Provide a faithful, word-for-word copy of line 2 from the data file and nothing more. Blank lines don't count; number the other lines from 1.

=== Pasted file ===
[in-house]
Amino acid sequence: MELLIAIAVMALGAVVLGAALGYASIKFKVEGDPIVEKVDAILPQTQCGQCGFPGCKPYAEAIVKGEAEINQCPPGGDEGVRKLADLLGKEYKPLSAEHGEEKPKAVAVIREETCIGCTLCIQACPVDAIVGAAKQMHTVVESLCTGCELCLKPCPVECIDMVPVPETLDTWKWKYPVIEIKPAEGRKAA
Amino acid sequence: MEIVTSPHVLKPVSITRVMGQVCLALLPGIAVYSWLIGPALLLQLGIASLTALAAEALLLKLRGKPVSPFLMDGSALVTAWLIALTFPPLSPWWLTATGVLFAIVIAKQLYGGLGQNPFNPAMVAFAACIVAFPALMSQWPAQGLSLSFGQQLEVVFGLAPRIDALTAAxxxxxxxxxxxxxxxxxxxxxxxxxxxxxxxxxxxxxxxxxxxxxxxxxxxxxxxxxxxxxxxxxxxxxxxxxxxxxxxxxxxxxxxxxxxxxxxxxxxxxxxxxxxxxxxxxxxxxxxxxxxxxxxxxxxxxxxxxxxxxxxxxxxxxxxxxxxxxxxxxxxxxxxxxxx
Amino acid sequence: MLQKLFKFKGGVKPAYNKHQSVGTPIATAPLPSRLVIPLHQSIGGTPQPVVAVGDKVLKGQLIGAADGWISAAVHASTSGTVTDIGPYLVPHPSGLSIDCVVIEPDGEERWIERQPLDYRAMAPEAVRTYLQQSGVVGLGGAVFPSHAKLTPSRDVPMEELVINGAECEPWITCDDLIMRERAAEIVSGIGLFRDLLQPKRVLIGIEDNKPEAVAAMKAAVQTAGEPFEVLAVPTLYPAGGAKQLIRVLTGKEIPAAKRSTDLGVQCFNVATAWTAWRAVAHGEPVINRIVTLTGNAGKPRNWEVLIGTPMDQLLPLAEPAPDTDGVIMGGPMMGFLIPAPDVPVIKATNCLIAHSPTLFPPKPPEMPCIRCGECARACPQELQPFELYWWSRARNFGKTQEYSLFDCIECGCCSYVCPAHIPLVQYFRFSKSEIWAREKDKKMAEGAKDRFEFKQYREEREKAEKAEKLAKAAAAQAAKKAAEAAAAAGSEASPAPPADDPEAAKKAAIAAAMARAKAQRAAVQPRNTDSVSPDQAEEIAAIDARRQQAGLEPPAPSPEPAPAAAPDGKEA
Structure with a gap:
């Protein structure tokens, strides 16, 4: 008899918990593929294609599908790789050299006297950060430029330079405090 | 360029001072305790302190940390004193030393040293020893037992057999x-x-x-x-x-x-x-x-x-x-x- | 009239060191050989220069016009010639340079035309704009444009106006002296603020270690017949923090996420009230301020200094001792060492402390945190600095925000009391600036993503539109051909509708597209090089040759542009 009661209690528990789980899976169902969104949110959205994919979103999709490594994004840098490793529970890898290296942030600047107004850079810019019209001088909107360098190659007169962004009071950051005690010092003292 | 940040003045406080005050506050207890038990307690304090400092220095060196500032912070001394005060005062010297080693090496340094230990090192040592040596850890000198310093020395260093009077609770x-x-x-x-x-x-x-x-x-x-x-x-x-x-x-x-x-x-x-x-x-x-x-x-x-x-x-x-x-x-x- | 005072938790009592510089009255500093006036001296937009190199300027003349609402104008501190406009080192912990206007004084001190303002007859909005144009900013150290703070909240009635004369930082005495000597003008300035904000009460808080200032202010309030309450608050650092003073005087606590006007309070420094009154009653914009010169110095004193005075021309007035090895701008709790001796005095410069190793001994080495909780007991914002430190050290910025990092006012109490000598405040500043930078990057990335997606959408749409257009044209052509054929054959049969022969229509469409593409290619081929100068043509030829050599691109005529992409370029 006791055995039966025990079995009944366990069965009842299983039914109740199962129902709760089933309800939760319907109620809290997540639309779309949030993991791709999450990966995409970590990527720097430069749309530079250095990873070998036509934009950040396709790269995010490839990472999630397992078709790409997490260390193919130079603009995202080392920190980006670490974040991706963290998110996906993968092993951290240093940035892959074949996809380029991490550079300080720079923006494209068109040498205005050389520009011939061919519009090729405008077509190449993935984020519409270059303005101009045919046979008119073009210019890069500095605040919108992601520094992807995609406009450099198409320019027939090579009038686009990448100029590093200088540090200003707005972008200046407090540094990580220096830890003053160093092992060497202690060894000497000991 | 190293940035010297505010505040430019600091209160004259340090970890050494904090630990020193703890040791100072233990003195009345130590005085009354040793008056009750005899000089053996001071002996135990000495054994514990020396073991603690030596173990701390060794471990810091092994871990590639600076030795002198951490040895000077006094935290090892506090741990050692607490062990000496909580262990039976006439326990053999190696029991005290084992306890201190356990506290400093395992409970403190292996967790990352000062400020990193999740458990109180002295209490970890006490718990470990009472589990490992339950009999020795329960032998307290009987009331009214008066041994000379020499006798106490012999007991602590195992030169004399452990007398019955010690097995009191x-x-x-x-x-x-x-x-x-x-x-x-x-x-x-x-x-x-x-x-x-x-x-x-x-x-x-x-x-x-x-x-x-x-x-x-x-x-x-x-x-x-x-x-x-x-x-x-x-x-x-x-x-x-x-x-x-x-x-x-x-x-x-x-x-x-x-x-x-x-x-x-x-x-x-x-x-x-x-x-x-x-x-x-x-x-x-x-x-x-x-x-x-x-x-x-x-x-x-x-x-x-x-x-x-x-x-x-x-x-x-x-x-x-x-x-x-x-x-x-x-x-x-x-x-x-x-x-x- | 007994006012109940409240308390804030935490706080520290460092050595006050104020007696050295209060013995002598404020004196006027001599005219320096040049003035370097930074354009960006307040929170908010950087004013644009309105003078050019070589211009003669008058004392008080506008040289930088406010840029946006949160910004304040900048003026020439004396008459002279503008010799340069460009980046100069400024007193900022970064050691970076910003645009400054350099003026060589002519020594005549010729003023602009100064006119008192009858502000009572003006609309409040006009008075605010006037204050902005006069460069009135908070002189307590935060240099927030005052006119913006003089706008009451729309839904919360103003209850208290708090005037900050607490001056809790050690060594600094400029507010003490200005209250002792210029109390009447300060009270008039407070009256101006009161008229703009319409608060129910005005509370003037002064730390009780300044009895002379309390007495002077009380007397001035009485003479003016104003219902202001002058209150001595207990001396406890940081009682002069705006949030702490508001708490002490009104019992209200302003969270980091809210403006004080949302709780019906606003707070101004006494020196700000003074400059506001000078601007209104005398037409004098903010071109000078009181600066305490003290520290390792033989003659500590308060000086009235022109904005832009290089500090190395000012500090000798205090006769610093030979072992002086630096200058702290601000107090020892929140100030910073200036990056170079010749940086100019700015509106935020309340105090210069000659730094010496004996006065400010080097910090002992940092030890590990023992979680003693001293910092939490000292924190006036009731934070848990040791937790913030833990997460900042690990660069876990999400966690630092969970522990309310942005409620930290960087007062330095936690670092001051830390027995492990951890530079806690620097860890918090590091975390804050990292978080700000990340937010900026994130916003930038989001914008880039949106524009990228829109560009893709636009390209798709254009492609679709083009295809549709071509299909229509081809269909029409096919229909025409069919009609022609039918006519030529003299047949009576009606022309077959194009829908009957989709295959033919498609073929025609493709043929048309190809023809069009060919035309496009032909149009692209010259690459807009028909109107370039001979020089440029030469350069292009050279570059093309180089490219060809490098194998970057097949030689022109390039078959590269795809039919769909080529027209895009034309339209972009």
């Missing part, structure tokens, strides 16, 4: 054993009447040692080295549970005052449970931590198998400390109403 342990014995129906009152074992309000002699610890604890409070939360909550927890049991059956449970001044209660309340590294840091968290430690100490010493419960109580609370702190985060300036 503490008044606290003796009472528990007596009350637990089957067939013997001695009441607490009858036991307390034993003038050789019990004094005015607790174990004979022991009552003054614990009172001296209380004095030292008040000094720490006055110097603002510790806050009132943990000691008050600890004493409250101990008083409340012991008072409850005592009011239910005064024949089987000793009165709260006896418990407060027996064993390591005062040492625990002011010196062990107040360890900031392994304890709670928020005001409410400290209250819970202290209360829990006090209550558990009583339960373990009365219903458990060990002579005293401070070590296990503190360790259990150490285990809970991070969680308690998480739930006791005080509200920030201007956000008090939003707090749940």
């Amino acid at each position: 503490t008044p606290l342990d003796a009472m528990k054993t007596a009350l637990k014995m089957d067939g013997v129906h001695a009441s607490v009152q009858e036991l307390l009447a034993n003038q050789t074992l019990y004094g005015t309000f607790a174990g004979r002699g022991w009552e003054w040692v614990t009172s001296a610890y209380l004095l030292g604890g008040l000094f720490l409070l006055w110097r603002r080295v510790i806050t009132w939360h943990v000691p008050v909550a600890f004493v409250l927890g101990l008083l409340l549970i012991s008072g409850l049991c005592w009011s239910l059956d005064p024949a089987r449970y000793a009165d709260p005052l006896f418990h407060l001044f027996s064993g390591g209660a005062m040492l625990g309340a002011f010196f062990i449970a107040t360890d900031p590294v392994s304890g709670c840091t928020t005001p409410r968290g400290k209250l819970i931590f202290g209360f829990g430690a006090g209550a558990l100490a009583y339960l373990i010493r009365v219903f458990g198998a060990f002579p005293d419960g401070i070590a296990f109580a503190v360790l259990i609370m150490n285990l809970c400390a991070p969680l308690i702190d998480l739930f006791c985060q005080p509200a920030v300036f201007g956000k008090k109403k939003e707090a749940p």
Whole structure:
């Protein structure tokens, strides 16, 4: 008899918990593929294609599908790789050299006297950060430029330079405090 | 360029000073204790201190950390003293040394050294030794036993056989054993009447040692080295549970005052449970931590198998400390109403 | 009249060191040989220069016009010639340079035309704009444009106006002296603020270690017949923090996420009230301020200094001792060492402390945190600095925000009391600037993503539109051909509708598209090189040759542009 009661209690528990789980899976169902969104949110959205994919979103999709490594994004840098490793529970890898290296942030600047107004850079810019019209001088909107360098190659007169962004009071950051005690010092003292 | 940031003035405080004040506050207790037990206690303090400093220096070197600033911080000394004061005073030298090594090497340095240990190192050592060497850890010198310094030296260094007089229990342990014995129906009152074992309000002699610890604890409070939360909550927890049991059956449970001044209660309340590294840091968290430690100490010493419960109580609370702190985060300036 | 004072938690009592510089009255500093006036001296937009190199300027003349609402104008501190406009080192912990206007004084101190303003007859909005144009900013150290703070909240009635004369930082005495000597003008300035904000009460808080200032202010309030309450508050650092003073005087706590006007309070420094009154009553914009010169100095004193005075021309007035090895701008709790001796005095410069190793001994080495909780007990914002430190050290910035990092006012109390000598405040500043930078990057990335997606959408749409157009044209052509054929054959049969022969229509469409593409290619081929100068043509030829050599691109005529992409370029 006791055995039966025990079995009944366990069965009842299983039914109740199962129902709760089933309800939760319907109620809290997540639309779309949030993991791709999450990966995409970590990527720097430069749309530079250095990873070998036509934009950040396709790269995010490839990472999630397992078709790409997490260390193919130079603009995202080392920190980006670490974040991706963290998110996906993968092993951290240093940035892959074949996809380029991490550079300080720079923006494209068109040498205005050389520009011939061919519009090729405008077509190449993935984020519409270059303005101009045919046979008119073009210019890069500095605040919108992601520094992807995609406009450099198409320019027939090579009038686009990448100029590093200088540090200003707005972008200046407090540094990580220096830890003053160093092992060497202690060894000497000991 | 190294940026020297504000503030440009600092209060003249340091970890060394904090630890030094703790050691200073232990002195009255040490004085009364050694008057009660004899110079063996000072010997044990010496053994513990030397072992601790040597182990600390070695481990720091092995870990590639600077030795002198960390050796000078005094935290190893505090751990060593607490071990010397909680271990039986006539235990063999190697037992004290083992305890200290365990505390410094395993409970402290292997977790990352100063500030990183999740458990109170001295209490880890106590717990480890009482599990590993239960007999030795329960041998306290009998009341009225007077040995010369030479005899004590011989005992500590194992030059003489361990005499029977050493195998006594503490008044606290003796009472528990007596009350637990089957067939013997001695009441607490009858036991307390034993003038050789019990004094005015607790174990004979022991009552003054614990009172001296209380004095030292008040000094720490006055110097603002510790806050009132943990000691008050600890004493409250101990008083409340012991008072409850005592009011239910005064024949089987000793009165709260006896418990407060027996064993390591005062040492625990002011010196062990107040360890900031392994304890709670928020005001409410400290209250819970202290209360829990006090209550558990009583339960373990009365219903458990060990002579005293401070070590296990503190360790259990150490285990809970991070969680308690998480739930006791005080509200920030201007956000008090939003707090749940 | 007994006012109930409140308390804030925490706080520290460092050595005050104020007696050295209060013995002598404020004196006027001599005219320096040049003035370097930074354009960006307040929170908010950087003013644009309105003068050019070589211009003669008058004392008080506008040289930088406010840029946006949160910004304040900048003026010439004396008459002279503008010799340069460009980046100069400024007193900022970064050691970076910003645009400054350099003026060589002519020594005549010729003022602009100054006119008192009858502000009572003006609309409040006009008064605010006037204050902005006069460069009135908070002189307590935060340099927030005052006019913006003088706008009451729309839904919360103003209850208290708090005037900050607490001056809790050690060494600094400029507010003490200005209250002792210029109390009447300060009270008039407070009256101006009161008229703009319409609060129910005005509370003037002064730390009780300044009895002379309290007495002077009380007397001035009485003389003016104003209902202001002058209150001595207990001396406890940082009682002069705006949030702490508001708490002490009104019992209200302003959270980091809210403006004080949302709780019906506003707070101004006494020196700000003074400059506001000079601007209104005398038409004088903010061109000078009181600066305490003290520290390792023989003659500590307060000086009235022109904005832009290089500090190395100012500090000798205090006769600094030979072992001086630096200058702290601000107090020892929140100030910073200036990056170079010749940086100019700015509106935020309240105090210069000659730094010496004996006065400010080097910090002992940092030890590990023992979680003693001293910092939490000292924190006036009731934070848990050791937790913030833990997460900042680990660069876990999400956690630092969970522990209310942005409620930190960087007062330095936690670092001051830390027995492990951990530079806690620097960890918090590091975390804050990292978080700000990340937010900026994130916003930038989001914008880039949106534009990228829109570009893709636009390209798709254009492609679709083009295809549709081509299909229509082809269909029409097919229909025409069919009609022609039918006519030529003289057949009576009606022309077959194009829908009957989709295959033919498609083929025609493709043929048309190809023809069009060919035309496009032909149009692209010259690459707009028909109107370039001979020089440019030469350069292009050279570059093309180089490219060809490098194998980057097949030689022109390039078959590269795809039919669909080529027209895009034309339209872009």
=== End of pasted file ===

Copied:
Amino acid sequence: MELLIAIAVMALGAVVLGAALGYASIKFKVEGDPIVEKVDAILPQTQCGQCGFPGCKPYAEAIVKGEAEINQCPPGGDEGVRKLADLLGKEYKPLSAEHGEEKPKAVAVIREETCIGCTLCIQACPVDAIVGAAKQMHTVVESLCTGCELCLKPCPVECIDMVPVPETLDTWKWKYPVIEIKPAEGRKAA